Explore Itoya Stationery Store
Beloved by stationery fans, this century-old store is more than just a place to buy postcards. Ginza Itoya is a multi-level emporium that sells a dizzying selection of pens, pencils, art supplies, calligraphy brushes, and office-related miscellany. The entire floor of patterned washi, or Japanese decorative paper, is considered one of the best in Tokyo. Visitors can design their own notebook, and even purchase custom-engraved luggage tags for their flight home. On the top level is Cafe Stylo, a restaurant that serves vegetables grown in an indoor farm on Itoya’s 11th floor.
Fulfill Your Sushi Dreams at Sukiyabashi Jiro
The 2011 documentary Jiro Dreams of Sushi immortalized Jiro Ono as the world’s most enigmatic sushi chef. He and his sons still operate the 3 Michelin star Sukiyabashi Jiro, the tiny, 10-seat sushi bar in a Ginza train station famous for its omakase. Reservations can be made through your hotel concierge, at least one month in advance. Guests at Jiro’s restaurant eat with their hands, and the dipping of soy sauce is highly discouraged (read: basically forbidden). To get the most out of your experience, it’s best to read up on the complete rules of sushi etiquette.
Relax at Hamarikyu Gardens
If you’re starting to drown in the sea of Ginza skyscrapers, visit the nearby oasis of Hamarikyu Gardens. A former villa and feudal duck-hunting spot, Hamarikyu is now a modern park and Japanese-style landscape garden, located on the edge of Tokyo Bay. The brackish ponds change level with tides, and there’s a wooden teahouse where visitors can enjoy a freshly whisked cup of matcha and a traditional Japanese sweet. Hamarikyu is particularly photogenic during the cherry blossom and fall foliage seasons. If you’re traveling to Ginza from Asakusa, catch the Sumida river bus to Hamarikyu pier.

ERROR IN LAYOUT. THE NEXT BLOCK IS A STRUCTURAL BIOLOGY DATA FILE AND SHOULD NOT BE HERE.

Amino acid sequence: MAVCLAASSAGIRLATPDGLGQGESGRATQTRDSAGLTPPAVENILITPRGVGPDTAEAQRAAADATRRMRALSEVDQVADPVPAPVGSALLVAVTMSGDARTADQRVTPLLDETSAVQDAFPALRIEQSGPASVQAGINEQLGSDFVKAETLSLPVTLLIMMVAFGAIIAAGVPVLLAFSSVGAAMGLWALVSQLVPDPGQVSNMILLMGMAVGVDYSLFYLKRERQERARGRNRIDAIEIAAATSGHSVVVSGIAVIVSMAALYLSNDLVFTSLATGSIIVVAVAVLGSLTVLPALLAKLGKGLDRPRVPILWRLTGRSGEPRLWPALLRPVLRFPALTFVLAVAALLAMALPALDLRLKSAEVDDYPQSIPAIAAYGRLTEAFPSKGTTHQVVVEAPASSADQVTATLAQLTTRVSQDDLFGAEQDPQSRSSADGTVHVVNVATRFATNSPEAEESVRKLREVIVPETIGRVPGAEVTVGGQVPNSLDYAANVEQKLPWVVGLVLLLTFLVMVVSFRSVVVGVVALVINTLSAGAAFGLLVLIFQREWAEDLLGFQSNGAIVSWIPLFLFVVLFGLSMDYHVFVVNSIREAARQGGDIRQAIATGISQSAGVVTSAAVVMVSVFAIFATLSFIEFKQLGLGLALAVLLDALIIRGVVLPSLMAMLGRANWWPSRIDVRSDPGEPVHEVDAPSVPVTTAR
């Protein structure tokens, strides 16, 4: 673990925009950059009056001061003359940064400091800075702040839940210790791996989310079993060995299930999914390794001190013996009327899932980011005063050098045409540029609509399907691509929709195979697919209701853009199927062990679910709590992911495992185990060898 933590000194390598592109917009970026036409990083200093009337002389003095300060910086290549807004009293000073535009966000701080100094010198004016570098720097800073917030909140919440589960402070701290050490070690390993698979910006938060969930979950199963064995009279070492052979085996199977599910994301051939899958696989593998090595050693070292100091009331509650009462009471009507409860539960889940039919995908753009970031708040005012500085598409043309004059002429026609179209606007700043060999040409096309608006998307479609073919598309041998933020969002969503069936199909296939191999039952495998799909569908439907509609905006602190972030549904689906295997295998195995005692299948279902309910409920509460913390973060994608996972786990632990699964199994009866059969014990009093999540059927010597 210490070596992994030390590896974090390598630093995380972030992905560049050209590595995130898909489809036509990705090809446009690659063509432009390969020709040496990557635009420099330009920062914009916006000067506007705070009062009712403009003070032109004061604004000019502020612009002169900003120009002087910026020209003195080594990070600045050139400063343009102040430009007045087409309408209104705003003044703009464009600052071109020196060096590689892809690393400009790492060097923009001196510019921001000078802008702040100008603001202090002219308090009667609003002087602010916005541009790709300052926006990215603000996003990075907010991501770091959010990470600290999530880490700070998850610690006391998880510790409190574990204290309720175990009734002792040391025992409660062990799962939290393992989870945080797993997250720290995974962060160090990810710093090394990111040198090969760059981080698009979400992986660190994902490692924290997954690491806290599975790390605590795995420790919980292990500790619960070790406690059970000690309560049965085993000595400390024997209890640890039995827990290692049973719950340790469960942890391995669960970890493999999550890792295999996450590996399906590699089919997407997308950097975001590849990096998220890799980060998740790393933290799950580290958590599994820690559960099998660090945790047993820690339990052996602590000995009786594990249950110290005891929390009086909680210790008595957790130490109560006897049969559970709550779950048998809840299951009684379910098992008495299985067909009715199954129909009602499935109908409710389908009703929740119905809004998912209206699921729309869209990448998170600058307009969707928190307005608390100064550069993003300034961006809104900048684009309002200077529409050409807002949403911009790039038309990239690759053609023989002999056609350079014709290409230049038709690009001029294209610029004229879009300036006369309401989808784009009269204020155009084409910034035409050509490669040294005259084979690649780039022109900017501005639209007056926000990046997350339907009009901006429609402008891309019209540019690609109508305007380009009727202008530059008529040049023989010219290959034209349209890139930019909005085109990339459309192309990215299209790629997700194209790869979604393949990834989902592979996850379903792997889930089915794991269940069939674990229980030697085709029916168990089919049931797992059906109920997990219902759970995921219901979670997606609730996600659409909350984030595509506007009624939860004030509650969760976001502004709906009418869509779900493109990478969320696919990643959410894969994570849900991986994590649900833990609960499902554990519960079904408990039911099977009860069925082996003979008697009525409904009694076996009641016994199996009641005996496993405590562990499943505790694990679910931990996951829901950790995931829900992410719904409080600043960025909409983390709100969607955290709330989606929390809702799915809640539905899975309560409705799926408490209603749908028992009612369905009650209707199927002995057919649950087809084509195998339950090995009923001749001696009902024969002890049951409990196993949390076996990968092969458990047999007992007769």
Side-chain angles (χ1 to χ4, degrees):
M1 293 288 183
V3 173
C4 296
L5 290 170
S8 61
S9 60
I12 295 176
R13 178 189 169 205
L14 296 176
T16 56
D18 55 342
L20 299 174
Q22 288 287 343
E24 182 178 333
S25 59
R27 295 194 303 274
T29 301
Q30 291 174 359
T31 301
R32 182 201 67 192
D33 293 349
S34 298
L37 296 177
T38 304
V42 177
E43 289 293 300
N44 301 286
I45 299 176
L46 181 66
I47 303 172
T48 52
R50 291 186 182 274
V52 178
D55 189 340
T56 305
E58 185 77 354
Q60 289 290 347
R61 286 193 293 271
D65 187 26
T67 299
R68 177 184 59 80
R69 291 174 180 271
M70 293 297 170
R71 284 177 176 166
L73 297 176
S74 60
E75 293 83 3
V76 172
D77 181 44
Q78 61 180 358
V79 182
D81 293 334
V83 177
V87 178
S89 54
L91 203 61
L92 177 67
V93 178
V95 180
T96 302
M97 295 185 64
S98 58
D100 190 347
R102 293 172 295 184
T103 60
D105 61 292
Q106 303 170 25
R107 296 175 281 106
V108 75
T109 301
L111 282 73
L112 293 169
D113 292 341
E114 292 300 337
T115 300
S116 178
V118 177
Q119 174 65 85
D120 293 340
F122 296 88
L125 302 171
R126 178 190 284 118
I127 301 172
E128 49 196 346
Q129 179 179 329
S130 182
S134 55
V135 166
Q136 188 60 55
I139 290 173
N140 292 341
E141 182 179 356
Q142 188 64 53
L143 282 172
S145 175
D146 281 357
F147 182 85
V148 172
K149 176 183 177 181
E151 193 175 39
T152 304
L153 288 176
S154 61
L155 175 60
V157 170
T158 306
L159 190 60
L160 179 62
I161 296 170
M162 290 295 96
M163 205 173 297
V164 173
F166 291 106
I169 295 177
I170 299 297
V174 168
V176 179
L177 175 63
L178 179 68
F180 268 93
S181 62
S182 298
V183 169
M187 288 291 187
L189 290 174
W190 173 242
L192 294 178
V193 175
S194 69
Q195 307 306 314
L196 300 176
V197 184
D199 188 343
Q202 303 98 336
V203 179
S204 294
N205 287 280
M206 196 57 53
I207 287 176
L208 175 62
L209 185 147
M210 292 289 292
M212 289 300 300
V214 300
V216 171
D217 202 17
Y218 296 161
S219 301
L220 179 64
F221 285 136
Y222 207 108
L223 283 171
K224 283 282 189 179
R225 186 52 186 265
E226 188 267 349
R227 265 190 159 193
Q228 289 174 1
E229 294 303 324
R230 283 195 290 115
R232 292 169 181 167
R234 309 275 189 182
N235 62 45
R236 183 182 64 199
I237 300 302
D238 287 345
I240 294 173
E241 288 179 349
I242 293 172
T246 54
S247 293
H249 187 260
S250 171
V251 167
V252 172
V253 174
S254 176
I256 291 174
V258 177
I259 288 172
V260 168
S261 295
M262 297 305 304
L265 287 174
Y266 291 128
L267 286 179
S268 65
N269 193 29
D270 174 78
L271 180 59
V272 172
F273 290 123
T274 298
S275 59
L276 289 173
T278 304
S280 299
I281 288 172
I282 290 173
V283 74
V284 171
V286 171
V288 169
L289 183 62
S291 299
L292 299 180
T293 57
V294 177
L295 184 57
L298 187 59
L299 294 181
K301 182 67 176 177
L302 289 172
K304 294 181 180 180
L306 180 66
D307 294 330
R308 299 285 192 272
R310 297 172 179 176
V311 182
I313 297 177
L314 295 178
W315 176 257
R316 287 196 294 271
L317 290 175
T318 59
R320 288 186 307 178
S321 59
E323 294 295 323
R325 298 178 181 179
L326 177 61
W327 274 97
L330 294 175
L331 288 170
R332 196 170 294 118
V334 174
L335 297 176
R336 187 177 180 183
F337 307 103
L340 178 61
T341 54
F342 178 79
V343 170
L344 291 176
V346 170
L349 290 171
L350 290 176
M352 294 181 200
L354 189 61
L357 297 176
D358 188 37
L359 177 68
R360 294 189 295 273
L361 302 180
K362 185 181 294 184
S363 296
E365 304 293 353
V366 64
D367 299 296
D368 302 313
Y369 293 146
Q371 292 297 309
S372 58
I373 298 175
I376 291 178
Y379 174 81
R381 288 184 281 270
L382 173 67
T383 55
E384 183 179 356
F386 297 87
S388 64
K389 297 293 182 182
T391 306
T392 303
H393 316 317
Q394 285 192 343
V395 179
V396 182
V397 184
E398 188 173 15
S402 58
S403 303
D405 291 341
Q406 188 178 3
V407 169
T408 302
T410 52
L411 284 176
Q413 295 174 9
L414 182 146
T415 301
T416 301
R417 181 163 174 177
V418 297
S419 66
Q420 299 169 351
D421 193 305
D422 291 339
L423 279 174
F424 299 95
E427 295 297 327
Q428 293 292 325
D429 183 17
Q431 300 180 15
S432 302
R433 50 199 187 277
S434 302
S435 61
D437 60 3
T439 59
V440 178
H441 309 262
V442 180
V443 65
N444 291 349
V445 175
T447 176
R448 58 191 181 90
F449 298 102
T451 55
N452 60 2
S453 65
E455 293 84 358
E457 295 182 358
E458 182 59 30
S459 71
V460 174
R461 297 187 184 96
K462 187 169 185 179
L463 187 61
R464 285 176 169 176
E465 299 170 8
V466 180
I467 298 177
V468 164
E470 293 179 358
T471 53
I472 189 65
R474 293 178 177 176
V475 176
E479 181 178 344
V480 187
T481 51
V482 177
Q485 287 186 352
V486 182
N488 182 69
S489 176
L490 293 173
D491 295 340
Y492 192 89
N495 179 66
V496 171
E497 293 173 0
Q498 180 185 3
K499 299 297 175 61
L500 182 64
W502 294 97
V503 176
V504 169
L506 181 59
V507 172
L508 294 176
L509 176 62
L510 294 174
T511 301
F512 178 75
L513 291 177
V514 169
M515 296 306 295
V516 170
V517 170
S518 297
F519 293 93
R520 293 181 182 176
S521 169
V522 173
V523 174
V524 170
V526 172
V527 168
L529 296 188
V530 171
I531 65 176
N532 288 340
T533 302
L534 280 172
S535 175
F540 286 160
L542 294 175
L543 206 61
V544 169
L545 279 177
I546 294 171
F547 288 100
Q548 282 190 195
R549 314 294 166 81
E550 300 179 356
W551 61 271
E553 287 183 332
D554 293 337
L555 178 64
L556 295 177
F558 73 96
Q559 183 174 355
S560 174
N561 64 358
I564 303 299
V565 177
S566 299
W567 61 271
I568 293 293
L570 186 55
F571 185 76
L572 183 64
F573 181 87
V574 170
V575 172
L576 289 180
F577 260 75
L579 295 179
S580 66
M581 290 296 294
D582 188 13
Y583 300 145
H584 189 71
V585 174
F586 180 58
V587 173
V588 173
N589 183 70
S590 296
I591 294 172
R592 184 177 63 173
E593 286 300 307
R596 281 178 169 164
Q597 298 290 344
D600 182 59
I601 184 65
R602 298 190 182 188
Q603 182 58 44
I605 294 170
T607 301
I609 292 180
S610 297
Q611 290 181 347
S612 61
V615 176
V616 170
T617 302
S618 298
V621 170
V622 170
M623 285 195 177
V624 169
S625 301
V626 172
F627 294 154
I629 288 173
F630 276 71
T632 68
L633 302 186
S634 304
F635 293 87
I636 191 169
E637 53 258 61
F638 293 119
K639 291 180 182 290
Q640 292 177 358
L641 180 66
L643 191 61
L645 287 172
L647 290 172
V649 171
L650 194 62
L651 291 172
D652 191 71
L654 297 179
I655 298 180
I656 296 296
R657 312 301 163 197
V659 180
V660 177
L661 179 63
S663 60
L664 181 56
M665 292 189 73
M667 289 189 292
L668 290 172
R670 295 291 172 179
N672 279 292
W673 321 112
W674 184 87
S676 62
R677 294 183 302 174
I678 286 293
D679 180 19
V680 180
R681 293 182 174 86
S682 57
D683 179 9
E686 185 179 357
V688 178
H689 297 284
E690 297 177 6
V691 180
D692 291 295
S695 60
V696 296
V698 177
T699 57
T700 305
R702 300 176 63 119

Get Your Caffeine Fix at Cafe de L’ambre
Two of the nine English words on Cafe de L’ambre’s quaint website tell you everything you need to know: Coffee Only. In business since 1948, until recently this cafe was managed by supercentenarian owner Ichiro Sekiguchi (he was 103 when he died) whose dedication to his craft rivaled that of sushi chef Jiro Ono. Baristas here weigh coffee beans on a small scale before grinding, and prepare each cup of coffee with a special cloth sieve. More than your average Japanese kissaten, some of the coffee beans here have been aged for over 40 years.
Visit Tokyo’s Tsukiji Market
Address5 Chome-2-1 Tsukiji, Chuo City, Tōkyō-to 104-0045, Japan
Ahead of the 2020 Olympics, Tsukiji Market has been moved from its original spot southeast of Ginza to a new location. Although Tokyo’s tuna auctions are now off limits, there is still a lot here to explore. The outer market is where you can get an eyeful of interesting looking seafoods, and also buy chef-grade kitchen knives. After shopping, get your uni fix at Unitora Kurau, or dig into some chirashi at Sushikuni. For oyster lovers, there’s the yummy Kakigoya. Plan to visit Tsukiji early, as most places close in the afternoon.
Browse Ginza’s Famous Department Stores